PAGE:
The Ground Infrastructure team design, refine and manufacture all supporting launch systems. This includes a launch box featuring the ‘big red button’ which is pressed to ignite the rocket’s motor, sending it soaring! The team works closely with many of the other technical teams to ensure that their launch-day needs are met, designs interface properly, and the take-off is as smooth as possible.
The Project Development team’s main focus is to provide relevant communications, marketing, and event support at GU Rocketry. The team manages all social media content with the help of eye-catching graphics from Branding and Web, creating a solid platform to showcase our exciting milestones. They also plan outreach events and online talks to help students and young adults outside of the project realise that a career in the Space industry is waiting for them in the U.K.
Branding and Web
The Branding and Web team are responsible for the appearance of everything the public sees in relation to our project. From social media posts and updating our website to the appearance of the rockets we launch; this team maintains a consistent brand throughout everything that we do. They employ graphic design and coding skills to give the project a cohesive aesthetic and set an appropriate tone for sponsors.
The Partnerships team focuses on reaching out to create links with industry and to foster relationships with potential sponsors. The team works closely with the individual sub teams to ensure that all of GU Rocketry’s activities are supported. Securing critical components and applying for funding grants is all in a day’s work for this branch of GU Rocketry.
Saltire-1 was GU Rocketry's first launch vehicle. Constructed with off-the-shelf components and following a relatively simple design, this rocket was used to give the team hands-on practical experience. This allowed us to lay the technical foundations for a range of subsystems, such as our flight computer and aerodynamics package, while also developing our launch day procedures. This is all part of GU Rocketry's de-risking approach to launch activities, a key part of keeping our members safe.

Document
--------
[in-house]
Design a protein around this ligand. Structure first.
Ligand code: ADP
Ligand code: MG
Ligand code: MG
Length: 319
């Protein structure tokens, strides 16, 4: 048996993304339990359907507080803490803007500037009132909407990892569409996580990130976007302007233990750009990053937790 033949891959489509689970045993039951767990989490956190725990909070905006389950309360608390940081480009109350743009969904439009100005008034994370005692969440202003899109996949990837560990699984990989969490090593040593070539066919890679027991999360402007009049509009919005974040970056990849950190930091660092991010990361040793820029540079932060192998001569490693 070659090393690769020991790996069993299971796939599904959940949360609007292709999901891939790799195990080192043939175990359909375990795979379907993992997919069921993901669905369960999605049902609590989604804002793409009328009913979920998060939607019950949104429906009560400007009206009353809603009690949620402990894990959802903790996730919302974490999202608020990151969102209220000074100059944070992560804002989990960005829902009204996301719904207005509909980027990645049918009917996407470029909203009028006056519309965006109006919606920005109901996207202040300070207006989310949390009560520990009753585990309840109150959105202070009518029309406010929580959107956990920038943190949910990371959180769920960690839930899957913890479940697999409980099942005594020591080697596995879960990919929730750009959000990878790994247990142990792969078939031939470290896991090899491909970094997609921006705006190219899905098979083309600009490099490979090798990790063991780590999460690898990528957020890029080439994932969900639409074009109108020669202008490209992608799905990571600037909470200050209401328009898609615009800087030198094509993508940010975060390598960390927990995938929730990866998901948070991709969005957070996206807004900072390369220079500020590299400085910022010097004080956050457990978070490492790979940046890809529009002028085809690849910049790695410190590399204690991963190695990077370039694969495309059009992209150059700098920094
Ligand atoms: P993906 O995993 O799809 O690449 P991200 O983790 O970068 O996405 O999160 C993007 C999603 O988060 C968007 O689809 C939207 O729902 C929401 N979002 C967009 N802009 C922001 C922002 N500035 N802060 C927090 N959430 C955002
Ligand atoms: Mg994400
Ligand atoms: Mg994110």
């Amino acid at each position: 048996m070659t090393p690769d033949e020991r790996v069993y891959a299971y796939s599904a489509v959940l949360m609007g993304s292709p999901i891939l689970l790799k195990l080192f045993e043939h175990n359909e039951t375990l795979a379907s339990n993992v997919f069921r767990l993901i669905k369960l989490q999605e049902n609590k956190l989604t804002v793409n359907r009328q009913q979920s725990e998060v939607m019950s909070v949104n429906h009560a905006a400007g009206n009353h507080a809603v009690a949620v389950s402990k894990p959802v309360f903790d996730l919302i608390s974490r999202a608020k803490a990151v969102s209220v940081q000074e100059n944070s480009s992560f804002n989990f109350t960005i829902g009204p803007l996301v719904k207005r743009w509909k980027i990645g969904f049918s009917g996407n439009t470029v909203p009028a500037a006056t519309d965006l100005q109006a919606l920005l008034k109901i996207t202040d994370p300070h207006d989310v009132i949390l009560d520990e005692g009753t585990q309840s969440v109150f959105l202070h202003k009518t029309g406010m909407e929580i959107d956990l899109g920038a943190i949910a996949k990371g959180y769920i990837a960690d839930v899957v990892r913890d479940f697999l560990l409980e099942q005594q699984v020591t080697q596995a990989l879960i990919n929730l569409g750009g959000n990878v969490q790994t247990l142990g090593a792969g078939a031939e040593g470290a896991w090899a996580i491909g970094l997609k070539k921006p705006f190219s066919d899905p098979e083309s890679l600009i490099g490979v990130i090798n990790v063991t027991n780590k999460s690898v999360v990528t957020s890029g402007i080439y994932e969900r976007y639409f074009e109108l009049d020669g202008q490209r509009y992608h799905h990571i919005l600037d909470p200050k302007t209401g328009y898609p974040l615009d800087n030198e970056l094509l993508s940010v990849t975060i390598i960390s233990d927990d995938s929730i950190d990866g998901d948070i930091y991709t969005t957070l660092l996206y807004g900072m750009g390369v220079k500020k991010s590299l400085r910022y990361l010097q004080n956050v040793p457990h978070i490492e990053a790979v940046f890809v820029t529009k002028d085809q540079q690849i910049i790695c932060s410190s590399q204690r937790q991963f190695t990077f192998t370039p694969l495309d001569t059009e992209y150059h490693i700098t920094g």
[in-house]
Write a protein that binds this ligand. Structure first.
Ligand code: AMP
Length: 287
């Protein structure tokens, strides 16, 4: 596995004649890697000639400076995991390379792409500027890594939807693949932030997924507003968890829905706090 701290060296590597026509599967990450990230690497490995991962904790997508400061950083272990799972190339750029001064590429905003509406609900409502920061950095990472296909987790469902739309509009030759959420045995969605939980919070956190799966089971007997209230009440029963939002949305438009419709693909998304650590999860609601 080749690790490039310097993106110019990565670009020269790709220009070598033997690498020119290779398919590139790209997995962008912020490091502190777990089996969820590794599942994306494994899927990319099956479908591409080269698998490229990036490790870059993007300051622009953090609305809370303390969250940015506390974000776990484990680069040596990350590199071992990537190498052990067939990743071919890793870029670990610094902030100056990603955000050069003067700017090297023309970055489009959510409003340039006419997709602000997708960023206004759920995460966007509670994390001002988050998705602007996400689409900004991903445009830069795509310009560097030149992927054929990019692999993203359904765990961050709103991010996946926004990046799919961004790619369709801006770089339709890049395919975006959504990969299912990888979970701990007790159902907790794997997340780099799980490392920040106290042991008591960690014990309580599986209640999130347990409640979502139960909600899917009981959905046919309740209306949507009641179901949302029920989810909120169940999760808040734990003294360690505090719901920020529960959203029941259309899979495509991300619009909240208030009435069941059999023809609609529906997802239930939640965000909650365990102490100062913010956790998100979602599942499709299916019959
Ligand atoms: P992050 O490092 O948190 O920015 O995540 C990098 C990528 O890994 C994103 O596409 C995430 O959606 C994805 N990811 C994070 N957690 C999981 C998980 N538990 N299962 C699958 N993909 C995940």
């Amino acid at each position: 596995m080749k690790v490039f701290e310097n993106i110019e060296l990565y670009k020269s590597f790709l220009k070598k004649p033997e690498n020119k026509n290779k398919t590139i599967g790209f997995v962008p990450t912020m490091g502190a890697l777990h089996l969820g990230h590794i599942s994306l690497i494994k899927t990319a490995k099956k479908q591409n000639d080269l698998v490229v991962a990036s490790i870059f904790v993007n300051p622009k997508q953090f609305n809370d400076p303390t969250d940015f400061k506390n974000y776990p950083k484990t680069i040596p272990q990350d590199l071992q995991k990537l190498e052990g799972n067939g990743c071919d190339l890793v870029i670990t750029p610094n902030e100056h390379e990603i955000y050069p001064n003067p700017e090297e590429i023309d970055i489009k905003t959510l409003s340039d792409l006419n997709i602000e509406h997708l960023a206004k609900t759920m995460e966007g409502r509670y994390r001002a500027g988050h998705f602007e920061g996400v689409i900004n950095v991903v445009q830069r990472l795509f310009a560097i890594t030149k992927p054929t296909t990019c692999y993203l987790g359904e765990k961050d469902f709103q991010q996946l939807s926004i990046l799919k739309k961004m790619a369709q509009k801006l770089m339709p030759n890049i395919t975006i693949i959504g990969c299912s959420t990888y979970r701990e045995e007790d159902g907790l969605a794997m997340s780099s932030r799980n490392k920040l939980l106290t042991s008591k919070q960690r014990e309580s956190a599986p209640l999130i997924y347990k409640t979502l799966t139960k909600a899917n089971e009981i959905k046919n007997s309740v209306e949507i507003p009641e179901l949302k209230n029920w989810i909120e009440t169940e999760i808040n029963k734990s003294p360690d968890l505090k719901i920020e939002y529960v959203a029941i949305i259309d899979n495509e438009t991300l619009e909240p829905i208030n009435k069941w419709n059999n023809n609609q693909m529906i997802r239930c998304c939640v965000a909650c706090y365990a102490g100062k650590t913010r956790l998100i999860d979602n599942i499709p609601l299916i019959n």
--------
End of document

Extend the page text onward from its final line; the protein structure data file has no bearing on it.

This rocket was scheduled for a launch in Q4 of 2020 but was postponed due to a technical fault discovered by the team on launch day. Although this fault was quickly addressed and fixed in the following weeks after this, increased Covid-19 restrictions meant we had to stand down from all launch activities. Now that restrictions are beginning to ease in Scotland, Saltire-1 is scheduled for a launch in the coming months and will take-off from a site just west of Glasgow.
Saltire-2 is GU Rocketry’s second high-powered rocket programme, set to launch from SpacePort One, a new launch facility on North Uist in the Outer Hebrides of Scotland. It will reach an altitude of around 18,000ft and will also be the first marine recovery of a rocket for a student team in Scotland. Unlike Saltire-1 however, this rocket has been designed from the ground-up by the team. This involves a fully custom body and structure, aiming to improve on the aerodynamic performance of the ‘off-the-shelf’ body used in Saltire-1. The rocket also includes an in-house flight computer, allowing for full control over the recovery systems and providing information such as velocity and altitude data to the team on the ground. As well as improving performance, Saltire-2 has also provided our team with experience of the full design process of an engineering project.